300,000 Ethiopian Farmers Can’t All Be Wrong

I almost choked on my cheerios the other morning when I ran into  this amazing story in The Guardian:

Ethiopia’s farmers are flocking to a hotline that provides free agricultural advice about planting crops, using fertiliser and preparing land as part of a government initiative to turn subsistence farmers into surplus sellers.

The automated hotline has received nearly 1.5m calls from more than 300,000 farmers since it launched 12 weeks ago, according to Khalid Bomba, CEO of the Agricultural Transformation Agency (ATA), an internationally backed government initiative. The 90 lines are now taking an average of 35,000 calls a day.

This is huge. One thing you very quickly learn when you look at hunger in Africa is that farming is a knowledge industry, and lack of access to proper advice is a major stumbling block for small farmers as they try to break out of the poverty cycle.

“Extension services” – state bureaucracies set up to provide this kind of advice are often cumbersome, corrupt, unresponsive, or all three. In plenty of cases, they do little more than distribute patronage ahead of elections. Extension pilots do succeed now and again, but scale-up is elusive.

And so, shockingly, very basic knowledge on how to plant (“sow seed in rows, regularly spaced” say) fails to reach the ground. The upshot is real hunger.

Finding an implementable, efficient, cost-effective, scalable solution to the problem of how to get good advice to poor farmers is one very big step on the road to guaranteeing food security in Africa. Ethiopia may be on the cusp of achieving this.

Is the wider sector listening?

5 thoughts on “300,000 Ethiopian Farmers Can’t All Be Wrong”

  1. Perhaps… ATA look like an interesting initiative with serious high-level political governance (both a plus and a risk). So I shan’t dismiss their efforts in promoting technologies and supporting systems. Agricultural R&D has had major support in Ethiopia for 15-20 years now, and major reorganisation to extension over the same period. So these issues have been taken seriously by many for some time.

    This makes the uptake of the telephone line interesting, and puzzling. It’s not like Extension hasn’t had support in Ethiopia, with many thousands of Development Agents living in rural areas. the ones I have worked with have mostly been very impressive, and serious, though under-resourced. As the ATA site makes no mention of this hotline, I can’t really say what advice is being offered, or how it differs from the standard extension ‘packages’ (variety + inputs + management recommendations), how varied it is (E.G., different crops, market contexts), OR how much it accounts for localised environmental variation.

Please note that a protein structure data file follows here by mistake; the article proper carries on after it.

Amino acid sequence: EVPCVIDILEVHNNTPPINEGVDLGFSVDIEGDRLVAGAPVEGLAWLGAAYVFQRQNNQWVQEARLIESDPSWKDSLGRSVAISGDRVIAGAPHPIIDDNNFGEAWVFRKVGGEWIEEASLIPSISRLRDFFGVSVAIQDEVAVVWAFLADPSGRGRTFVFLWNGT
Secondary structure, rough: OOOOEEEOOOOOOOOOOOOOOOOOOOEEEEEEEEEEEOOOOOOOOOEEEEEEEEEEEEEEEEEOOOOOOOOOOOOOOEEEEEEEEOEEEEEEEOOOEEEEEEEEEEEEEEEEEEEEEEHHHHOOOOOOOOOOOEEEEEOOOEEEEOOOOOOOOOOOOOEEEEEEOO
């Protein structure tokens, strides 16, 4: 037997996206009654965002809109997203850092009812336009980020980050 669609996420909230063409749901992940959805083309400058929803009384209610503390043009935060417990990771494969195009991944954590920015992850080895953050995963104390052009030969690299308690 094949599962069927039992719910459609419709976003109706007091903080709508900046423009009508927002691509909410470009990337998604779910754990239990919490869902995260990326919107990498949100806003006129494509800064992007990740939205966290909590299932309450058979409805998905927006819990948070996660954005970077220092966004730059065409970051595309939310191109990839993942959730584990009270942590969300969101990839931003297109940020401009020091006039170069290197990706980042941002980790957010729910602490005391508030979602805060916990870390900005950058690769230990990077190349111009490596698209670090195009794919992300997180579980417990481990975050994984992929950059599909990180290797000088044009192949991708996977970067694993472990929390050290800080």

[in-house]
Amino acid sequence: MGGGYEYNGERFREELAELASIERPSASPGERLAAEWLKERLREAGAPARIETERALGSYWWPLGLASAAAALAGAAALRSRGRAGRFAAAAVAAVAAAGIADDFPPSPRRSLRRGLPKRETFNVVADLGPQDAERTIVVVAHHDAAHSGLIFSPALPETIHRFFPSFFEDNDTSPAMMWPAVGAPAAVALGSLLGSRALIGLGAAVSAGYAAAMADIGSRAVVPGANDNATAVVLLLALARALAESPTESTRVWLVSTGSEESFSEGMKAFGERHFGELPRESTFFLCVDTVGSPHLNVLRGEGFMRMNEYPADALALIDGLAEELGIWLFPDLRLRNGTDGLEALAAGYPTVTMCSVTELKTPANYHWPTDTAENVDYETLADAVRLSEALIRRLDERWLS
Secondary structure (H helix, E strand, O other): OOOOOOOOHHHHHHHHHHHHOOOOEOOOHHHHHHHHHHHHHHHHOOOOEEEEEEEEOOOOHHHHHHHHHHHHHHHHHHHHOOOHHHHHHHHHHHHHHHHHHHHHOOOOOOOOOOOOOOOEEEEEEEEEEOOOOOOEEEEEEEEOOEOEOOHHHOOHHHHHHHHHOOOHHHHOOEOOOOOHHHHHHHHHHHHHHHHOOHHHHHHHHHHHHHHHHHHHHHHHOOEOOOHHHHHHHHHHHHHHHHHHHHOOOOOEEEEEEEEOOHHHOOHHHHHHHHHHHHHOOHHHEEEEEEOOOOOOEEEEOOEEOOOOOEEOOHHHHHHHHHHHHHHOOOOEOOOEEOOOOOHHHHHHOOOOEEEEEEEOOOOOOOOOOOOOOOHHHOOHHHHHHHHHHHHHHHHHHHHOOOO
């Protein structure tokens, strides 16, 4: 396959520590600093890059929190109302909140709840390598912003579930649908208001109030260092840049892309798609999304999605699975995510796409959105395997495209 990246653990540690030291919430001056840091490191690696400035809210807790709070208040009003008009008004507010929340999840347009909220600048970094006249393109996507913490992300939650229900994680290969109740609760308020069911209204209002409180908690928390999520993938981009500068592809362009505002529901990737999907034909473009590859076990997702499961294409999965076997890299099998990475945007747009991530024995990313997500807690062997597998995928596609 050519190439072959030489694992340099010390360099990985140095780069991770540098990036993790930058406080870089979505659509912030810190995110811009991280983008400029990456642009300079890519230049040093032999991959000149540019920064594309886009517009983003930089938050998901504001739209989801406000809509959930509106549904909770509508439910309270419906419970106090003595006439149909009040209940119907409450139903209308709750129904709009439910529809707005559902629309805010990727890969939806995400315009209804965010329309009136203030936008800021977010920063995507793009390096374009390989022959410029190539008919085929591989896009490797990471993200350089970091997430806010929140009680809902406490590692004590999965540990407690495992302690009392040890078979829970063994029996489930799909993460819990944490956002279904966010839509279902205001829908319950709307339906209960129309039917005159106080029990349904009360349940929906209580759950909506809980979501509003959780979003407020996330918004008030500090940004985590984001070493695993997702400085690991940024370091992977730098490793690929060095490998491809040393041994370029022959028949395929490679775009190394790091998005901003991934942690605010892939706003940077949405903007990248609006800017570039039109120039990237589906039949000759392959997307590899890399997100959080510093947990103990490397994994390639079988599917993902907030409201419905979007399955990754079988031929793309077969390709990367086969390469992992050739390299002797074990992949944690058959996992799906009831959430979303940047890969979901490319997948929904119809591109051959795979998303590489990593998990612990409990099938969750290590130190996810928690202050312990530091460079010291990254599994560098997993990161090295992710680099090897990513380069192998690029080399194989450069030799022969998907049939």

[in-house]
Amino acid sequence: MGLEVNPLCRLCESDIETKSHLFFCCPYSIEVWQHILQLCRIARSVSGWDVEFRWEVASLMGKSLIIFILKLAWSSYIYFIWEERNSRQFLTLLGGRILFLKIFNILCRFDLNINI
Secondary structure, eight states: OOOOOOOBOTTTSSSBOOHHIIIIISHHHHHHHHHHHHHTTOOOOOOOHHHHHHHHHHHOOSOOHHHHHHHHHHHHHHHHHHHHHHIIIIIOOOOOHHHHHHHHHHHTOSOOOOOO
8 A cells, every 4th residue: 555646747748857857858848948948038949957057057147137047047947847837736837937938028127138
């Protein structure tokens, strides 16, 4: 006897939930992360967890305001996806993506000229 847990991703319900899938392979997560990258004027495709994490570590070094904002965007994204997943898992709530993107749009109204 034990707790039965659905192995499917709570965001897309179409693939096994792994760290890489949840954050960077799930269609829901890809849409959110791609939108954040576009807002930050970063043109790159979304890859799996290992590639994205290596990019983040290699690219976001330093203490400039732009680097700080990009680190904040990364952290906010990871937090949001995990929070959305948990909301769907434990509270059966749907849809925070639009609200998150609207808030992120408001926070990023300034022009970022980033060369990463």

Now, Ethiopian extension has been criticised in the past for v weak links to research. Maybe the ATA project is providing more sharply-honed information, or higher quality advice than provided by the modestly-educated Development Agents. It may be that the information is different, or has links to real-time information, like prices or crop disease early-warning. But, frankly, if it is mainly about basic agronomic practices, I wonder if something else is going on, as a) row seeding, fertiliser spot dosing, etc have been core extension messages since the early 90s, and b) there are many possible reasons for non-adoption, despite knowing about the methods (labour constraints, lack of specialised sowing tools, perceptions of risk).

    I totally agree that information is fundamental challenge (see McGuire & Sperling, Glob. Env. Change 2013), and welcome anything here that would support innovation. But I would like to know a lot more before deciding if this ATA programme provides useful lessons for other places.

    1. Well, seems to me that the popularity of the hotline itself reveals latent unserved demand, no? Or is it that the previous availability of good advice creates demand for still more advice?

  2. Were they contacted by cell phone and responded or saw other adverts and responded. A subset of farmers want to move ahead on new products and skills. It is getting the information to them that has always been the problem.

  3. Apologies for the ignorant question (and perhaps you’ve reviewed this in another blog post) — but I’ve always been curious about and wanted to know the answer to this question. Why does the issue of agriculture (esp. in Africa) have more to do with the ‘knowledge industry’ as you say than anything else. How could a continent that has centuries’ worth of familiarity with its own land – as hunter gatherers, farmers, cultivators, otherwise – not know the basics of planting and spacing seeds? How did that knowledge just become.. lost? What went wrong?

    1. I think it’s about population. In 1950, there were 230 million people in Africa, in 1990 there were 630 million. today there’s almost 1.1 billion. Agroecologic strategies that worked for 230 million people won’t work for 1.1 billion. People get pushed onto more and more marginal land, people lose access to water resources, land gets degraded and dessertified.

      Used to be, in Uganda, a family would sow one crop for a few seasons and then when yields started to decline because soil nutrients had all been taken out they would just start farming another piece of land nearby. You can’t do that anymore: Uganda’s full, all the land is spoken for.

      Africa’s halfway through demographic transition. The Africa that comes out the other end won’t look anything like the Africa that went in (anymore than the Europe of today looks like the Europe of 1800)

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